McFadden demands urgent action in aftermath of flooding

*Makes call for a single local director of flood responses

Speaking in the Dail last week, Longford Westmeath TD, Gabrielle McFadden has demanded urgent action in the aftermath of the flooding crisis.

During a special debate on the flooding in the Dail, Deputy McFadden praised the community spirit shown during the flood relief efforts but said now is the time to learn the lessons from the crisis.

She acknowledged that several Ministers; Minister Coveney, Minister Harris, Minister Hayes, Minister Humphreys, Minister Kelly and of course the Taoiseach accepted her invitations to see for themselves the extent of the flooding. She said the political will is there to take action. “But we need that action now”, she said.

She urged the Government to implement a wide range of measures, including:

– A single local director of flood responses. What is needed, she said was a ‘go-to’ person for organising volunteers, temporary accommodation, food and fuel or flood relief donations
– Earlier involvement of the army in flood relief efforts

– Clearing the overgrowth of the man-made cut at Meelick, to allow freer flow of water from Lough Ree to Lough Derg

– A review of the decision made in 1979 to increase by two feet the levels on Lough Ree for navigational purposes

– Cessation of Bord na Mona pumping water into the Shannon at times of flooding

– A dredging of the obvious build up of silt at Meelick and beyond the Parteen weir
– Elimination of property tax for houses devalued by flood risk

– Compensation for farmers and non-rateable businesses to get back on their feet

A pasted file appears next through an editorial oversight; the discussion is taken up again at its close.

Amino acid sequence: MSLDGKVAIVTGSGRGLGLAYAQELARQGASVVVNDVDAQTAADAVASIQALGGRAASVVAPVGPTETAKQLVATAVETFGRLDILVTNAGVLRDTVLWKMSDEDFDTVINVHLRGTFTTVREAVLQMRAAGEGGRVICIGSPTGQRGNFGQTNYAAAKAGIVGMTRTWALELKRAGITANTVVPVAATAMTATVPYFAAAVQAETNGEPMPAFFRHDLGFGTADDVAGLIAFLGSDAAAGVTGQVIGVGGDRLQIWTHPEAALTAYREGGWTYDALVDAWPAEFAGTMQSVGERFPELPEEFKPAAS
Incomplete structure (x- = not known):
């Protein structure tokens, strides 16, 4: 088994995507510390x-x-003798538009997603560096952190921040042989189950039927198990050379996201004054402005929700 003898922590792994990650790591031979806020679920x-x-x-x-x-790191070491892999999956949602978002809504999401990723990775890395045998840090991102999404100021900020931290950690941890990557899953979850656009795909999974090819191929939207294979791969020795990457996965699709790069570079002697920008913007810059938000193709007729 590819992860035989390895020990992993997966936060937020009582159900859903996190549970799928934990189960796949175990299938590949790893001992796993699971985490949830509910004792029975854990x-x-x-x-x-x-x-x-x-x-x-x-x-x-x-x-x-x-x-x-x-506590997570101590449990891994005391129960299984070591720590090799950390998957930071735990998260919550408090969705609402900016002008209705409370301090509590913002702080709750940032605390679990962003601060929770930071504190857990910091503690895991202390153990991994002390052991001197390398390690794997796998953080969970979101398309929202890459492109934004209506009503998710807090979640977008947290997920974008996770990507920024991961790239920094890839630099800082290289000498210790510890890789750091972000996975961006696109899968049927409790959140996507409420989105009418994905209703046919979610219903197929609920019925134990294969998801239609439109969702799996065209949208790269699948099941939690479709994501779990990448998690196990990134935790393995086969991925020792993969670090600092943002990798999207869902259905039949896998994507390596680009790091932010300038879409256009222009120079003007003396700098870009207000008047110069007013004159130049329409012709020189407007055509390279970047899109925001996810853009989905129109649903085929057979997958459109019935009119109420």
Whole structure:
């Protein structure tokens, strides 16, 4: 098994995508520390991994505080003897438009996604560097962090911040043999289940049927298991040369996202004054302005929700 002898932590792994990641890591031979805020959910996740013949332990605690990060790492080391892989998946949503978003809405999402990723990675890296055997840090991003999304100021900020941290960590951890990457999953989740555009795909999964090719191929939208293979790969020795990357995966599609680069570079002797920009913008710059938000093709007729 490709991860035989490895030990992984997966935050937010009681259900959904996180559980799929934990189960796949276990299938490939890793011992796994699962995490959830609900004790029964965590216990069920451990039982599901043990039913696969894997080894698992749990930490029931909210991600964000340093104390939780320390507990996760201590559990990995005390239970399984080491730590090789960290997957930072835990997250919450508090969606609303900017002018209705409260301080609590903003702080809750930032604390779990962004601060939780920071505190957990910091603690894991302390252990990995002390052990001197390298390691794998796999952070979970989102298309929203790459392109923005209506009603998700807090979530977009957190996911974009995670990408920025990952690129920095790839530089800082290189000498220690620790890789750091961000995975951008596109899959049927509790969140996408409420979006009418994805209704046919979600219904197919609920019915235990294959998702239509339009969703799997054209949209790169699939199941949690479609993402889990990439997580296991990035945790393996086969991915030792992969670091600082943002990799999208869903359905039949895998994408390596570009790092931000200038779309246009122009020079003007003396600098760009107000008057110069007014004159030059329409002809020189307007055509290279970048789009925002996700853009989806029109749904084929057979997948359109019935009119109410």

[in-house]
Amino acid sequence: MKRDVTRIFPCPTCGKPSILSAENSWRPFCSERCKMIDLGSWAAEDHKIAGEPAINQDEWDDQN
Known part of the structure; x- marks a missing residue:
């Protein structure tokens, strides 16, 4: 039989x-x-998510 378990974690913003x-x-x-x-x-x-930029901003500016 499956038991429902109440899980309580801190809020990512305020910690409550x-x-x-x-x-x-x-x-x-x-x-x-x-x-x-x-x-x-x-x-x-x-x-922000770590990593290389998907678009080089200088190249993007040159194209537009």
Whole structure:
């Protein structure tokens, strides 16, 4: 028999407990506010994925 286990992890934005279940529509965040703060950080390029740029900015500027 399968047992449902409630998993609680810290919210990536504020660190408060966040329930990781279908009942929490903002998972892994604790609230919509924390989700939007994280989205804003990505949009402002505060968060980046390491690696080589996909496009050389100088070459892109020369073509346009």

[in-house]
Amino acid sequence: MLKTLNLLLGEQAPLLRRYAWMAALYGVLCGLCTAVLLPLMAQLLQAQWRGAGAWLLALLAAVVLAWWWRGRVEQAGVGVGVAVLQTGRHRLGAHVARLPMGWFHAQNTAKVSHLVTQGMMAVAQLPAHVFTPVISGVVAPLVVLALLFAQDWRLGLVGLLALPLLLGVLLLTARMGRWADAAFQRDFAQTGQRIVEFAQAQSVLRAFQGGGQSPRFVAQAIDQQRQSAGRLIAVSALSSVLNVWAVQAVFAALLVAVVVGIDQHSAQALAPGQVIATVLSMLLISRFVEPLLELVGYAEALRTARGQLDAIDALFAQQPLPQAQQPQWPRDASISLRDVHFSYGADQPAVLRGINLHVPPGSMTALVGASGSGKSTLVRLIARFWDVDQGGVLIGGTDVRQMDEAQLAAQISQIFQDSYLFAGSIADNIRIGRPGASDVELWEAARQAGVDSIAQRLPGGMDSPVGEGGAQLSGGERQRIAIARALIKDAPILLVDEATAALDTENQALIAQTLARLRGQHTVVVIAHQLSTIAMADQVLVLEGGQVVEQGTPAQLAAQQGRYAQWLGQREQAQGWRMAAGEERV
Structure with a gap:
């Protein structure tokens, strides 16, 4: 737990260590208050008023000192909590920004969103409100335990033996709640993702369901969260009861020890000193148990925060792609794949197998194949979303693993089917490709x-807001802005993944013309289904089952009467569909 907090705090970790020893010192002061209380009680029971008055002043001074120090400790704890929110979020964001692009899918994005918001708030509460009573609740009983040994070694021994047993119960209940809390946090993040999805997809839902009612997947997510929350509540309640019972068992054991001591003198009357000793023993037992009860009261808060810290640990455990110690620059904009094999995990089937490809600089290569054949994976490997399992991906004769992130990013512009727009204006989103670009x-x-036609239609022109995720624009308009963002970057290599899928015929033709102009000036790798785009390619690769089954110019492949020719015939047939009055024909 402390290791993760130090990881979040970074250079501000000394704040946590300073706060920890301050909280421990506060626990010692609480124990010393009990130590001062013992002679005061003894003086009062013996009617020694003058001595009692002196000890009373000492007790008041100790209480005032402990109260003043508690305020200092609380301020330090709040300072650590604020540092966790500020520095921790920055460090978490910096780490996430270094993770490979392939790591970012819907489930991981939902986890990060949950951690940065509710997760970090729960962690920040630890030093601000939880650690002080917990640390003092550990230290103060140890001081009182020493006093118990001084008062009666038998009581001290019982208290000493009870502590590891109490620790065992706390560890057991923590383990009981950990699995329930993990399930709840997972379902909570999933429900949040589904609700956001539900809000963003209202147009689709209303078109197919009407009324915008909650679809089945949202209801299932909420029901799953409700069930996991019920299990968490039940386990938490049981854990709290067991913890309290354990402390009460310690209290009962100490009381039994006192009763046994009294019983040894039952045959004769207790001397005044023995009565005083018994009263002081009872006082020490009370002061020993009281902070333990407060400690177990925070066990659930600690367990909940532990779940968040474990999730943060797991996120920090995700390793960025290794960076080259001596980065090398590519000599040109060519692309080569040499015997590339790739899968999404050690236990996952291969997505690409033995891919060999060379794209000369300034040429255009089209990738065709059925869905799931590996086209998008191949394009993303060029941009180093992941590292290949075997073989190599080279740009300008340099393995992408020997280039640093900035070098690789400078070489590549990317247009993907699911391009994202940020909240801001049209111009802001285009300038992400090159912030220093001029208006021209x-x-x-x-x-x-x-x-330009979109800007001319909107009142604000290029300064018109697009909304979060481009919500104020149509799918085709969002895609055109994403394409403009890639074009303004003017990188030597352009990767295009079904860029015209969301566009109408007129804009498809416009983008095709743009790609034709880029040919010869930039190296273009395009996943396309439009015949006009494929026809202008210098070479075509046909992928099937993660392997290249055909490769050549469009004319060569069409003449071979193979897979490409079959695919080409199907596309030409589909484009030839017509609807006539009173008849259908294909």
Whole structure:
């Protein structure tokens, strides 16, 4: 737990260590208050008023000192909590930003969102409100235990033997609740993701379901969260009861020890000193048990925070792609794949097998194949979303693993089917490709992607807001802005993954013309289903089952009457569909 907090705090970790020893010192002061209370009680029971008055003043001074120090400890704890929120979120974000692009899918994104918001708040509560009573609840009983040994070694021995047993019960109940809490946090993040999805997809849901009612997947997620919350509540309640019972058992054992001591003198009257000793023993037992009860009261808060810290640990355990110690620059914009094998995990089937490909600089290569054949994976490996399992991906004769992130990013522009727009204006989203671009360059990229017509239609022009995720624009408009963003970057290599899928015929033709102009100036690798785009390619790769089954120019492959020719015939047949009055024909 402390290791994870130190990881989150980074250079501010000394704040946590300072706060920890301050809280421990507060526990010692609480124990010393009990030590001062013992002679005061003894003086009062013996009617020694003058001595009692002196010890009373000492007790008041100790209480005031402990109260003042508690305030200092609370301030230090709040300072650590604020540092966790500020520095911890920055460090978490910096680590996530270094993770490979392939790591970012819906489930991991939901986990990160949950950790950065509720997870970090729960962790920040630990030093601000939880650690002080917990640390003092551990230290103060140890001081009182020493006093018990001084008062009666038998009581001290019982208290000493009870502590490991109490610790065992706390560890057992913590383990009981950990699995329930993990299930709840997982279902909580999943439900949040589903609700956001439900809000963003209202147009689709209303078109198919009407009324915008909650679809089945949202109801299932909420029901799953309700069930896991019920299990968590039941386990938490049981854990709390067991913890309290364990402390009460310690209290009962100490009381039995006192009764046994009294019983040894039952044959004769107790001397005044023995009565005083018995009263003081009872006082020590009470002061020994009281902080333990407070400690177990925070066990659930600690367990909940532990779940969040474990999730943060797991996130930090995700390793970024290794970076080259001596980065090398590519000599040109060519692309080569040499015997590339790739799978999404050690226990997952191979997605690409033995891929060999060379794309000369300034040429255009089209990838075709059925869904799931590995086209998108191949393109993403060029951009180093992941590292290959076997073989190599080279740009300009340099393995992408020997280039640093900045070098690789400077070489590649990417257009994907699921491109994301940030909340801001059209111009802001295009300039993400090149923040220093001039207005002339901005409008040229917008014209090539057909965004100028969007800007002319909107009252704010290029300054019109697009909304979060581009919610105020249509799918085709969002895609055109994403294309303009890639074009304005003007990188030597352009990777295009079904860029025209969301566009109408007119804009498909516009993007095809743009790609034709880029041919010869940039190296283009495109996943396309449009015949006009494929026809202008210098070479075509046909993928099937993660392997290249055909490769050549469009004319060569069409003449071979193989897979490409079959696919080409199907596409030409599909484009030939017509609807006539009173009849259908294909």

During the Dail debate, Deputy McFadden emphasised the need for greater local co-ordination. “When the flooding started initially in Athlone, everywhere I went, I was asked why the army was not called on earlier. Minister Simon Coveney fully agreed with me. I rang Westmeath County Council but they felt they were coping with the crisis.

“I asked Minister Coveney that the army man the pumps, both in the town and the outlying rural areas, to give people a much needed break. I still had to go back to the council to get this done. When I requested that the army prepare food for volunteers, again Minister Coveney agreed. I had then to go back to Westmeath County Council to request the same thing. While the Council staff worked way beyond the call of duty, in the absence of a single local co-ordinator with authority to make decisions on the ground, people experienced delay, frustration and a sense that officialdom did not seem to be on their side, which added to their distress.

“I want to make it very clear here today that while we all want to protect birds and wildlife, the protection of people’s homes and livelihoods must take priority. When I was younger, members of my family had a pub in Coosan, called The Thatch, on the shores of Lough Ree, and they can still remember workers dredging the river coming in for their breaks. We all know that maintenance of the river has been neglected for decades.

She said the government have allocated an additional €10m in funding for the clean-up operation, and called for the unblocking of drains and sewerage works that councils don’t normally do on private property. “This is a crisis situation”, she said “and I believe councils have a moral obligation to help private home-owners on this occasion. And she urged Westmeath County Council and Longford County Council to avail of the OPW’s €500,000 funding programme to implement immediate temporary flood defences.
Deputy McFadden concluded by reminding people that Athlone was and continues to be, open for business during this crisis, and that we need to maintain the positive image of our region that we as a community have fought so hard to win.